Despite deals with PC makers to push its WordPerfect office suite as an alternative to Microsoft Office, Canada-based Corel Corp. plans to cut about 22 percent of its workforce in an effort to be profitable.
Corel, which spent much of the last year in hibernation, said the layoffs would affect 220 jobs in all departments and would lead to payroll reduction in the range of $12 million annually.
The restructuring moves comes as a mild surprise, coming on the heels of high-profile deals with to put its office product suite on Gateway, HP and Dell desktop PCs.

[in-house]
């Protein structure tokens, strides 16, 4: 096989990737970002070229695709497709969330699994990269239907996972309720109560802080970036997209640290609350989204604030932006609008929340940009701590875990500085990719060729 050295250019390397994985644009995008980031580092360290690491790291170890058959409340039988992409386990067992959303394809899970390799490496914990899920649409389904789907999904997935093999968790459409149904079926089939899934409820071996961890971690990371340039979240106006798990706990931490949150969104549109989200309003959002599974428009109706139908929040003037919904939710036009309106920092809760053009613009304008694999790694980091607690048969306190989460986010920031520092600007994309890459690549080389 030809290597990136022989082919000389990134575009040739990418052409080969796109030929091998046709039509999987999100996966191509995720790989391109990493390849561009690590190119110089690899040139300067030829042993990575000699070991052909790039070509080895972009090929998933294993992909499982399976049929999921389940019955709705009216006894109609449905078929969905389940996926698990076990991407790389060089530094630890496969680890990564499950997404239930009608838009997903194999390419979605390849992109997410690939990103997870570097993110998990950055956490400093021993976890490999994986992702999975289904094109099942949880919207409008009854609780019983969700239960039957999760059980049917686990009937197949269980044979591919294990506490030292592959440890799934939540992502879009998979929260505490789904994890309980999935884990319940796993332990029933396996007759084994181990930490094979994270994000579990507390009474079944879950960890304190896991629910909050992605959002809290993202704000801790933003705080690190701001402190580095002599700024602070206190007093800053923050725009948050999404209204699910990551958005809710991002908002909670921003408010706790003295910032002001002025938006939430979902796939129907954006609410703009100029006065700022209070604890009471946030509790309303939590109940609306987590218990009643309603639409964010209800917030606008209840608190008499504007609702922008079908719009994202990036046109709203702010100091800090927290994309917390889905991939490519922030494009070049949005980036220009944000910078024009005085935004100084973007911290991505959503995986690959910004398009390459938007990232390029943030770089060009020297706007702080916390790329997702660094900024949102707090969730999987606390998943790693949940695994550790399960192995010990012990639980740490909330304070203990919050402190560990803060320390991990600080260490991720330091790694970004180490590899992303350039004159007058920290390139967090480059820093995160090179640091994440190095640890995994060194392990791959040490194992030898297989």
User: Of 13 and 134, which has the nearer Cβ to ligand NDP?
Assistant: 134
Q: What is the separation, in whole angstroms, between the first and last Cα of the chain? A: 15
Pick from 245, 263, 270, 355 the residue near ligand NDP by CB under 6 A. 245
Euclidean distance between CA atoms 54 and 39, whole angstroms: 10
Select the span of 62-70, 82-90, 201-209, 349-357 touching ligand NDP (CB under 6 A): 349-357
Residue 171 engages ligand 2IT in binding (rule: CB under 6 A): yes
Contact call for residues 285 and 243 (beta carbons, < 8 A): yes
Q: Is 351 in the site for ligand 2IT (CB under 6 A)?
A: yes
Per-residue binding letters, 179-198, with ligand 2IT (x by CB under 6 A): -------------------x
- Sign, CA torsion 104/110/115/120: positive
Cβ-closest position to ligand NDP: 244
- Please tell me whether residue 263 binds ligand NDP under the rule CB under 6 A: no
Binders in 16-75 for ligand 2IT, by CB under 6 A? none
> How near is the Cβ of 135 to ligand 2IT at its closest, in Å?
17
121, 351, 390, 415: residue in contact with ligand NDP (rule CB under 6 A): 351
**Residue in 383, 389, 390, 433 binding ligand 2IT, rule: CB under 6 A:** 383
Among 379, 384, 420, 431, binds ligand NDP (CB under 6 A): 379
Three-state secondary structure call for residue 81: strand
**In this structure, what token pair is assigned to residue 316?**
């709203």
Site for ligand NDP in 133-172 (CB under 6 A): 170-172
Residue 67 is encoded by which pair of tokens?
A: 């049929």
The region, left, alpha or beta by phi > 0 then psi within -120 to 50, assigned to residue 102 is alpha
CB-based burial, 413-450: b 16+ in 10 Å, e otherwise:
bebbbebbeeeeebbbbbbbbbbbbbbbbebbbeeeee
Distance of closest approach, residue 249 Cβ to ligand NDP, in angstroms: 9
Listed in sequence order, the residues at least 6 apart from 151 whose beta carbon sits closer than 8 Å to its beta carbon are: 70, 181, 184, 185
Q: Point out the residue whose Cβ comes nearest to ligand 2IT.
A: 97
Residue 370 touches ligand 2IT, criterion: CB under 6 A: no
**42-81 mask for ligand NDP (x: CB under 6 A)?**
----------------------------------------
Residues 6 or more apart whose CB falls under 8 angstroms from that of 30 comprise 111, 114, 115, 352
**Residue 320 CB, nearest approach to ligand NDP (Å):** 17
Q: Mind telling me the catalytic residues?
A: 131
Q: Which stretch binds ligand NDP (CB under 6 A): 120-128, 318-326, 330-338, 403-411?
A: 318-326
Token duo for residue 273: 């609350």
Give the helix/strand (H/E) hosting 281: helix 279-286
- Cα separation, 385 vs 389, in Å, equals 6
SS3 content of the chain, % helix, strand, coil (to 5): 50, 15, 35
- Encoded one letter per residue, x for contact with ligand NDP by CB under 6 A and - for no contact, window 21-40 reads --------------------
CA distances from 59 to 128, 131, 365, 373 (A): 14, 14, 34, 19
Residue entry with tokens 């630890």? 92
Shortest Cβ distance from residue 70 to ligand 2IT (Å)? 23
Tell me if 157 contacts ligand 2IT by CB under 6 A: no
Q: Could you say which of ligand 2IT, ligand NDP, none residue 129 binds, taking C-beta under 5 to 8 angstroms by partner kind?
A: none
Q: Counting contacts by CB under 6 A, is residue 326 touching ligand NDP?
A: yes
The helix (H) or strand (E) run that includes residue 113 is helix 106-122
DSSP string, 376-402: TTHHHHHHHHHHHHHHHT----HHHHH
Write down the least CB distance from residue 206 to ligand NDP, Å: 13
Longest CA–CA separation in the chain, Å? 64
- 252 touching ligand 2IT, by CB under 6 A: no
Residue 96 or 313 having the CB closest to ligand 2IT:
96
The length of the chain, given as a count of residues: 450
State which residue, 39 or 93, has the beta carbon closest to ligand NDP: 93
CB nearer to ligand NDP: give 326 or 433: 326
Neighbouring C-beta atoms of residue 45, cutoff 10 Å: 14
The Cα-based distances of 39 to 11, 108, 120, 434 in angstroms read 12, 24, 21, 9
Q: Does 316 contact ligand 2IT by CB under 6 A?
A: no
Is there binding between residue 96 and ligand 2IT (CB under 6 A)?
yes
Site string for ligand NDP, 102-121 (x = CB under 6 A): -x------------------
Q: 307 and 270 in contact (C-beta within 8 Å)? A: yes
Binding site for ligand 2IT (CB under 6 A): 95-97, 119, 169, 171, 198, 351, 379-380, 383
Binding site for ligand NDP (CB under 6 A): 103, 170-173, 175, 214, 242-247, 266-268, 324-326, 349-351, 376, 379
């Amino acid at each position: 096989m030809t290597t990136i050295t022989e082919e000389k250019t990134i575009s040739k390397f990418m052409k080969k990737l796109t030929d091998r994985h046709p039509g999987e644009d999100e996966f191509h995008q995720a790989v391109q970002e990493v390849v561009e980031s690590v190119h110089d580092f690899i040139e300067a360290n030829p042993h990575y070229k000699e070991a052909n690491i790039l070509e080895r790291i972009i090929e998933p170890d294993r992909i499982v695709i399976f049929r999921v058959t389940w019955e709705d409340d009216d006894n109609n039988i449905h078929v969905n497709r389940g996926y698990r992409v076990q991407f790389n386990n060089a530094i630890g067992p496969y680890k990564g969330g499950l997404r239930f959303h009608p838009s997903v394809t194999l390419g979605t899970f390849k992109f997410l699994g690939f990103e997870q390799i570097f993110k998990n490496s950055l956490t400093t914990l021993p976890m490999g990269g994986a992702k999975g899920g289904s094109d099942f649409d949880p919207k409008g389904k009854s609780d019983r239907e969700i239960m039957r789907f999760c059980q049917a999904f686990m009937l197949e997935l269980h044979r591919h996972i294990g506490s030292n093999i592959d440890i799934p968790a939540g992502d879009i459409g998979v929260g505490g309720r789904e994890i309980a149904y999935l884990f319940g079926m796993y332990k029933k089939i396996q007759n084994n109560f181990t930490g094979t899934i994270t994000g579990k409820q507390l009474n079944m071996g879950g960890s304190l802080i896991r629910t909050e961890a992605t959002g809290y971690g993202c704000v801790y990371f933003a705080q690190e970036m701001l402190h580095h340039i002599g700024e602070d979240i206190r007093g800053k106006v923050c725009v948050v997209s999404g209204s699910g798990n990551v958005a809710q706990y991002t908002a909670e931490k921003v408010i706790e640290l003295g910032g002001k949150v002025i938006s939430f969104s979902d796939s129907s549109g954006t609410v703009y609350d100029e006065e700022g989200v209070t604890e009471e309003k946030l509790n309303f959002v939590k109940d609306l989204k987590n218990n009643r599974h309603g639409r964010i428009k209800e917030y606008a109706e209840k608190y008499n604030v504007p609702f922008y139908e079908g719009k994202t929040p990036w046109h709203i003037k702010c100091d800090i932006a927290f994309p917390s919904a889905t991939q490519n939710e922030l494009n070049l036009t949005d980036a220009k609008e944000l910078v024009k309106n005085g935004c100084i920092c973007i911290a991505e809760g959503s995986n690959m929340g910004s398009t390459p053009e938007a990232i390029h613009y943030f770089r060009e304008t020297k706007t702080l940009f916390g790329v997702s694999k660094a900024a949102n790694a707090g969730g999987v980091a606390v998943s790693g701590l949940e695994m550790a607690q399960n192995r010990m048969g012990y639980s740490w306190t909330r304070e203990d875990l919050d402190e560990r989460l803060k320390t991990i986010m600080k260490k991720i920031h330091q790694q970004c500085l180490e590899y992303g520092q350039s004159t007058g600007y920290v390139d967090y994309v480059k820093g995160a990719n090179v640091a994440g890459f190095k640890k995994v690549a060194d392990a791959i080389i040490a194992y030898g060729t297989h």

With those deals, and an aggressive pricing strategy aimed at grabbing market share from Microsoft, Corel appeared to be making inroads by taking advantage of Redmond’s controversial licensing policy.
But, Corel is in belt-tightening mode because of the extended downturn in IT spending and what it described as “the persistently soft economy.” The company’s workforce now stands at 769 employees worldwide.
Corel said the cuts would lead to a one-time restructuring charge of between $5.8 and $6.3 million. “While we anticipate revenue growth for fiscal 2003, we are adopting a conservative approach in aligning our cost structure to reflect the company’s current revenue patterns,” Corel CEO Derek Burney said.
Corel, which also competes with Quark and Adobe, makes the bulk of its revenues from graphics and publishing software. In addition to its WordPerfect push with PC makers, the company is also busy hawking its Corel Draw illustration and graphic design software.